Have yourself a healthy 2014

This year, as always, I have come across wonderful experts with practical advice for health and wellbeing. Here are three of the best tips for 2014… Don’t take antibiotics for coughs, colds , sore throats and flu. ‘They are caused by viruses not bacteria; antibiotics are ineffective for treating viral infections,’ explains Dr Rob Hicks (www.drrobhicks.co.uk). ‘Also, you risk antibiotic resistance, meaning they may not work when you really need them.’ For more information, visit www.treatyourselfbetter.co.uk.

Log on and wise up.  Being net-savvy is vital nowadays. The overhaul of the government’s benefits system means that by 2017 it is scheduled to be all online. Increasingly, GP surgeries offer online facilities to book appointments and order repeat prescriptions. Also, a household can save about £560 a year by shopping and paying bills online, according to former banker Kelly Klein who has set up Student@Home (www.studentathome.co.uk), which employs IT students to go to people’s homes (in London only as yet) and help with computer problems, from basic tuition to using price comparison sites and much more. Local libraries also offer internet training. (PS You can save a lot on prescription specs at websites such as www.glassesdirect.co.uk.)

Rediscover eggs.  Eggs are gold-standard, low-calorie nutrition (definitely all they're cracked up to be!) ‘Eggs for breakfast stabilise your blood sugar, so you don’t spike up and down through the day,’ says nutritionist Vicky Edgson (www.vickyedgson.com). NB The British Heart Foundation has banished the myth that eggs raise cholesterol: it’s the added fat from frying that’s the problem. There are no restrictions on how many poached, boiled or scrambled eggs (without butter) we should eat as part of a balanced diet.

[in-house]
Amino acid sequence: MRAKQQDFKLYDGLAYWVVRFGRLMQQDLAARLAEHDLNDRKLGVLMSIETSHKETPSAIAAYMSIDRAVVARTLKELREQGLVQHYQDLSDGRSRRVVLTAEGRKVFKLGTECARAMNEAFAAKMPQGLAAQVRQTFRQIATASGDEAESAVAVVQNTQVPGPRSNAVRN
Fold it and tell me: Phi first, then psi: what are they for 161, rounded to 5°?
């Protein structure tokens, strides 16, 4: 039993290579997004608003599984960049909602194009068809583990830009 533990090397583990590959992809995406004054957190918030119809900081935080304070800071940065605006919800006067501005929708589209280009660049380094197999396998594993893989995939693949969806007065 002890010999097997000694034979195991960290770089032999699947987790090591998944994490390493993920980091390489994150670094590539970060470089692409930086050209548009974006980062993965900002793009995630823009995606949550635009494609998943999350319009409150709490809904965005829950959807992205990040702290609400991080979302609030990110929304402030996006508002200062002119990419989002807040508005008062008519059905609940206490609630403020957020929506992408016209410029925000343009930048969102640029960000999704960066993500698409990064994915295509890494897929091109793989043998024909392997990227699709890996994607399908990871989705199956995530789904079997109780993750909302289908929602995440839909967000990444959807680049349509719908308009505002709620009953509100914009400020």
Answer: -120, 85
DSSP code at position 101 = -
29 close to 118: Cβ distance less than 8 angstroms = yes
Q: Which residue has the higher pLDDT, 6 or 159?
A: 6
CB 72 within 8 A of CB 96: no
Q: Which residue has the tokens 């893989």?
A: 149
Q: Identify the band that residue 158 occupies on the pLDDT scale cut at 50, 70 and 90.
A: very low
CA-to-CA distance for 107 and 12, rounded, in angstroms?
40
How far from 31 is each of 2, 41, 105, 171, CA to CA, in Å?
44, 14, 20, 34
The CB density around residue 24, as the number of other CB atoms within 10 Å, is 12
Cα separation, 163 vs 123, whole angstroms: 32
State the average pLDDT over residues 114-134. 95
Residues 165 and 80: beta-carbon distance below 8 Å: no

SARAH ROBB OSarah Robb O’Hagan, CEO of fitness company Equinox and US government adviser on women and sport, on why exercise is not only good for your health but can also help you succeed at work.

I make sure I am healthy. The most important thing for working women with young children (or elderly parents) to look after is to let go of guilt. I worked throughout my third pregnancy and my return to normal energy levels took two years. Now I know I have to look after number one. Even a brisk walk makes me a better me.

I was never an elite athlete but I played a lot of sports and learned many life lessons that helped me succeed in the working world. I’m passionate about girls and women understanding how important it is to be active and get into team sports. Ultimately it will be far more helpful than looking like Miley Cyrus!

Sport is an incredible enabler for women. You learn about teamwork and competition. Women in the workplace can be uncomfortable with competitiveness. Sport can help you be confident and be a leader.

Playing to win is better than playing not to lose. I worked with Serena Williams after she plummeted in the world rankings a few years ago due to personal issues. The media were brutal, but she used the criticism as fuel. And she’s dominant again today.

Also know when to pass the ball. We are bad at admitting that we need help. If you let yourself be vulnerable you are more likely to get support.

Many companies are successful because men have a linear focus. But women can bring an emotional investment with a more holistic approach to every aspect of life.

When you go to the gym, try not to feel you should be at home or work. At work be at work. At home be at home. With "me time", just be you.'